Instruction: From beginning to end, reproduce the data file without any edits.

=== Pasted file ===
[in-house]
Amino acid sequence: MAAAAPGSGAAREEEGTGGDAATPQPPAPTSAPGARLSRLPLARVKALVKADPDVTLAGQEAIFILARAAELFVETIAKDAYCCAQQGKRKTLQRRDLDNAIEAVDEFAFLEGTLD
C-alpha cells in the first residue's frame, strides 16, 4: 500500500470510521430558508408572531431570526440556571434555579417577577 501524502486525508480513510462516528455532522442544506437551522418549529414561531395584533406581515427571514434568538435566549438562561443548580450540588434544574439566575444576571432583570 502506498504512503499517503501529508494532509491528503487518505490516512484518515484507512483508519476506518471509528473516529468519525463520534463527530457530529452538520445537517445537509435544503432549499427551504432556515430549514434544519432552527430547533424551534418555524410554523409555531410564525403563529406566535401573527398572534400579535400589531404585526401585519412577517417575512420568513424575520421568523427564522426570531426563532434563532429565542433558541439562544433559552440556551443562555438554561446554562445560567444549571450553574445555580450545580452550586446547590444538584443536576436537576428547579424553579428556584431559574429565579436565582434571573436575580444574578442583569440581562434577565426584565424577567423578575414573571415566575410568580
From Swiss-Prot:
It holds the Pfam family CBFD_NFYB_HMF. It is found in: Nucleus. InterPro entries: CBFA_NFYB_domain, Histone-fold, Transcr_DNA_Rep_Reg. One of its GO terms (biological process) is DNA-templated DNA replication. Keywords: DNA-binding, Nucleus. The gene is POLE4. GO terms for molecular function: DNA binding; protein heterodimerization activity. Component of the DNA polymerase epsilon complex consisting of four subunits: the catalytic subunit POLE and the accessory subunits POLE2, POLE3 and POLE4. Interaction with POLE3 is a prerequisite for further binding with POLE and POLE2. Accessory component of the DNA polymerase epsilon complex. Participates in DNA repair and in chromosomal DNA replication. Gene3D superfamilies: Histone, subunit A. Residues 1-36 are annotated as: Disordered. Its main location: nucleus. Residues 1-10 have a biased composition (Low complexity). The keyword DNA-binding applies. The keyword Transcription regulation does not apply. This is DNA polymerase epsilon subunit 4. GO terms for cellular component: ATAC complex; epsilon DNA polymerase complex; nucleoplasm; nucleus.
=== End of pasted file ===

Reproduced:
[in-house]
Amino acid sequence: MAAAAPGSGAAREEEGTGGDAATPQPPAPTSAPGARLSRLPLARVKALVKADPDVTLAGQEAIFILARAAELFVETIAKDAYCCAQQGKRKTLQRRDLDNAIEAVDEFAFLEGTLD
C-alpha cells in the first residue's frame, strides 16, 4: 500500500470510521430558508408572531431570526440556571434555579417577577 501524502486525508480513510462516528455532522442544506437551522418549529414561531395584533406581515427571514434568538435566549438562561443548580450540588434544574439566575444576571432583570 502506498504512503499517503501529508494532509491528503487518505490516512484518515484507512483508519476506518471509528473516529468519525463520534463527530457530529452538520445537517445537509435544503432549499427551504432556515430549514434544519432552527430547533424551534418555524410554523409555531410564525403563529406566535401573527398572534400579535400589531404585526401585519412577517417575512420568513424575520421568523427564522426570531426563532434563532429565542433558541439562544433559552440556551443562555438554561446554562445560567444549571450553574445555580450545580452550586446547590444538584443536576436537576428547579424553579428556584431559574429565579436565582434571573436575580444574578442583569440581562434577565426584565424577567423578575414573571415566575410568580
From Swiss-Prot:
It holds the Pfam family CBFD_NFYB_HMF. It is found in: Nucleus. InterPro entries: CBFA_NFYB_domain, Histone-fold, Transcr_DNA_Rep_Reg. One of its GO terms (biological process) is DNA-templated DNA replication. Keywords: DNA-binding, Nucleus. The gene is POLE4. GO terms for molecular function: DNA binding; protein heterodimerization activity. Component of the DNA polymerase epsilon complex consisting of four subunits: the catalytic subunit POLE and the accessory subunits POLE2, POLE3 and POLE4. Interaction with POLE3 is a prerequisite for further binding with POLE and POLE2. Accessory component of the DNA polymerase epsilon complex. Participates in DNA repair and in chromosomal DNA replication. Gene3D superfamilies: Histone, subunit A. Residues 1-36 are annotated as: Disordered. Its main location: nucleus. Residues 1-10 have a biased composition (Low complexity). The keyword DNA-binding applies. The keyword Transcription regulation does not apply. This is DNA polymerase epsilon subunit 4. GO terms for cellular component: ATAC complex; epsilon DNA polymerase complex; nucleoplasm; nucleus.